Several private timberland owners and managers in Western Oregon have agreed to close their land to public access starting Monday.
With a combined timberland acreage of around 600,000 acres, Seneca, Lone Rock Resources, Giustina Resources, Campbell Global, and Giustina Land & Timber Company will close public access to their lands in Benton, Coos, Curry, Douglas, Jackson, Josephine, Lane, Linn, and Polk counties.
Due to drought conditions, and above-average temperatures, agencies are predicting a bad fire season in Oregon.
According to the Department of Forestry, the state has recorded 521 fires that burned 15,135 acres so far this year.
Humans started 93% of those fires.
Landowners have been monitoring fuel conditions this spring, as well as reviewing snowpack, weather forecasts, and drought impacts.
The limited precipitation across the region this spring has significantly affected the moisture content of woody debris, as well as the condition of live vegetation fuels and their susceptibility to fire ignition and spread.
More than one million acres in Oregon burned last year as the state was gripped by a historic wildfire season.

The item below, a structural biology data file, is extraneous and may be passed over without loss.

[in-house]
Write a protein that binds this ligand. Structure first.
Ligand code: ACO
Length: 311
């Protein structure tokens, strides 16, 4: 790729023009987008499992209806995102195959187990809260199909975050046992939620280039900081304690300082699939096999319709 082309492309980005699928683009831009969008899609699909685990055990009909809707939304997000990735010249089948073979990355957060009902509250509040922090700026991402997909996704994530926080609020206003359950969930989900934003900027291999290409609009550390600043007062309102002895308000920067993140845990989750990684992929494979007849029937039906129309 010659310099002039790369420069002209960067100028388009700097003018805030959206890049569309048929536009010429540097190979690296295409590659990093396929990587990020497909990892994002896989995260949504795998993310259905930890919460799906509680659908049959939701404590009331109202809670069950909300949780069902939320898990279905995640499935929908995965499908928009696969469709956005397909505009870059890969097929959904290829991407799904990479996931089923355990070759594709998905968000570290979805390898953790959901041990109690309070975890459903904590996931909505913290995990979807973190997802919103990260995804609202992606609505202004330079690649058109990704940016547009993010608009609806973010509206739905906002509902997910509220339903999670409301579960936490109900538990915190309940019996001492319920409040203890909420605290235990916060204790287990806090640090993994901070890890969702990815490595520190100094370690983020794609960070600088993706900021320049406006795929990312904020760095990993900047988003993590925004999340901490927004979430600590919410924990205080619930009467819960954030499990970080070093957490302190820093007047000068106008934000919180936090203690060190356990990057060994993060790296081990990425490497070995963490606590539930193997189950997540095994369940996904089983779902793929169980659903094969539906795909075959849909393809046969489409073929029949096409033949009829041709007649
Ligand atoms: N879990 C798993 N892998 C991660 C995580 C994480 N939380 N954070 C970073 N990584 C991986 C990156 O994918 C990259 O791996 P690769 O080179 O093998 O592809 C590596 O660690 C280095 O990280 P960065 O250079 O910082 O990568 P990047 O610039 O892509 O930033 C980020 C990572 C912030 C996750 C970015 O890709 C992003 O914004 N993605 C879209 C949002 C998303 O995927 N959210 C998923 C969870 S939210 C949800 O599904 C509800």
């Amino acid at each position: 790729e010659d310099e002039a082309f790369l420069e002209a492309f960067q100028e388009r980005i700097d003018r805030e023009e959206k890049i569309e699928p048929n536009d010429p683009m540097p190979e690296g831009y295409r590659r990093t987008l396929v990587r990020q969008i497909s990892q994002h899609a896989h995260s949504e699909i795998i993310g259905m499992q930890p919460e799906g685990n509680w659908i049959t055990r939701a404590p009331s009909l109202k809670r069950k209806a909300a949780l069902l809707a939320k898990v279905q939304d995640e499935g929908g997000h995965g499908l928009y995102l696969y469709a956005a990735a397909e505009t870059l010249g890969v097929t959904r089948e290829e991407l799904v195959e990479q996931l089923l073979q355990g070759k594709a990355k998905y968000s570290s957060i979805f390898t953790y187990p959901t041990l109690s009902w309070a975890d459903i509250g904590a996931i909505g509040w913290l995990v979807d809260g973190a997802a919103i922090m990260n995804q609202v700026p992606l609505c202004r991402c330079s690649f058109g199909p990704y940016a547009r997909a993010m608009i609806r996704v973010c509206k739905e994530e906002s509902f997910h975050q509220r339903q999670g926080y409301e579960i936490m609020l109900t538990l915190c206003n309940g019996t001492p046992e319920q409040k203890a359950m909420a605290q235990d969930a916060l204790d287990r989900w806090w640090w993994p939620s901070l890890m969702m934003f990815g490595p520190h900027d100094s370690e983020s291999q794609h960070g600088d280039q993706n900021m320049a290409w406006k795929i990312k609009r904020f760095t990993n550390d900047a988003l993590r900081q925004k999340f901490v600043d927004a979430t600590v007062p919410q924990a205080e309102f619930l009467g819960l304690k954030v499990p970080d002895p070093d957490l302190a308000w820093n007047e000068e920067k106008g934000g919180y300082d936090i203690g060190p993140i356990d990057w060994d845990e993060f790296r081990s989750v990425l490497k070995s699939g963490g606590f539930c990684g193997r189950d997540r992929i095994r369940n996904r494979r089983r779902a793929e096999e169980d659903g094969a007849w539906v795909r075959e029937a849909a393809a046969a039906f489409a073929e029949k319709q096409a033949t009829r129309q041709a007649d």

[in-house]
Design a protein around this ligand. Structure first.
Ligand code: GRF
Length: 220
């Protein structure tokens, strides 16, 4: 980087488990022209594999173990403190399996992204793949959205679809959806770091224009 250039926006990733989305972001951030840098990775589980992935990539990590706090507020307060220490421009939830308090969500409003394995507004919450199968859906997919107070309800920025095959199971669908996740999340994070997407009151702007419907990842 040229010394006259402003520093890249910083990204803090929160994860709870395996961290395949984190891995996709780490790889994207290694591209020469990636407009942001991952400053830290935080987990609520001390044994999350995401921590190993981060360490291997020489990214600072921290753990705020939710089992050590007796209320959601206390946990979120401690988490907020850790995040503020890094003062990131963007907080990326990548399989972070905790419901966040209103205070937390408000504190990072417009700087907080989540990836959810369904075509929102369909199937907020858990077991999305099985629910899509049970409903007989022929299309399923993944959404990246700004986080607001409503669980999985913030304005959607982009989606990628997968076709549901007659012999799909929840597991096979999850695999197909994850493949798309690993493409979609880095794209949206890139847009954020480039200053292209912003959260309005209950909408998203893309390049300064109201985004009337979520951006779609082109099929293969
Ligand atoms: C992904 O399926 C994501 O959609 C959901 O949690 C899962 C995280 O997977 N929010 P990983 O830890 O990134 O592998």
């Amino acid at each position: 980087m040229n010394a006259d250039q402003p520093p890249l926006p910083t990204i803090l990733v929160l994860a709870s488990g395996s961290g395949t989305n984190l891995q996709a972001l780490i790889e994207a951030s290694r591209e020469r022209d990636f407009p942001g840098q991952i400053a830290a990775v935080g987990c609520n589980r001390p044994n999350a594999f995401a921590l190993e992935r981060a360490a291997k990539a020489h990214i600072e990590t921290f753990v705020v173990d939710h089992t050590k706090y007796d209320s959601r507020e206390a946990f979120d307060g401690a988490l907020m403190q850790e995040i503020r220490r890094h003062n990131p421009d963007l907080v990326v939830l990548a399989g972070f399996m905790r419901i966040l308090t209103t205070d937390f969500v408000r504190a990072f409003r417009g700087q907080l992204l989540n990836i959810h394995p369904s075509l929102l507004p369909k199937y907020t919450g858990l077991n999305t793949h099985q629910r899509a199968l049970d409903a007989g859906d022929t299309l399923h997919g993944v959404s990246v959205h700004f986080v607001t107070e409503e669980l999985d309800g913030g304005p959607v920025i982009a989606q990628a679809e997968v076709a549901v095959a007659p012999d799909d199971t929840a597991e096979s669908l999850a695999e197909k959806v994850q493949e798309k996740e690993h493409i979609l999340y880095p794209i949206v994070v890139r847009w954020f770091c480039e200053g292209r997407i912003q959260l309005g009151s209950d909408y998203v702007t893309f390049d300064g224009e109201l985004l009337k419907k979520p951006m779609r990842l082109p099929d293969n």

Looking ahead at this fire season, officials are worried given how dry conditions were this spring.
Whereas public lands often have the infrastructure to help keep people safe like trails for people to hike on, or fire rings in campgrounds to contain campfires, private timberlands do not have the infrastructure to handle public visits safely.
Since most of Oregon’s wildfires are started by people, public visits to private land have the potential to be dangerous for both the public visitors as well as the timberlands.
To compound the issue, since the beginning of the pandemic, more people are choosing to spend time outdoors.
“We think it is great that people are spending more time outdoors, we just want them to do it safely,” said Todd Payne, CEO of Seneca.
Oregonians can check Oregon’s recreation site map status to plan visits to public land.
“Oregonians and landowners alike cannot afford another devastating year like 2020,” said Brennan Garrelts with Lone Rock Resources. “Given the risks we face this year, we are choosing to be proactive in order to limit danger to the public, firefighters, and the forests.”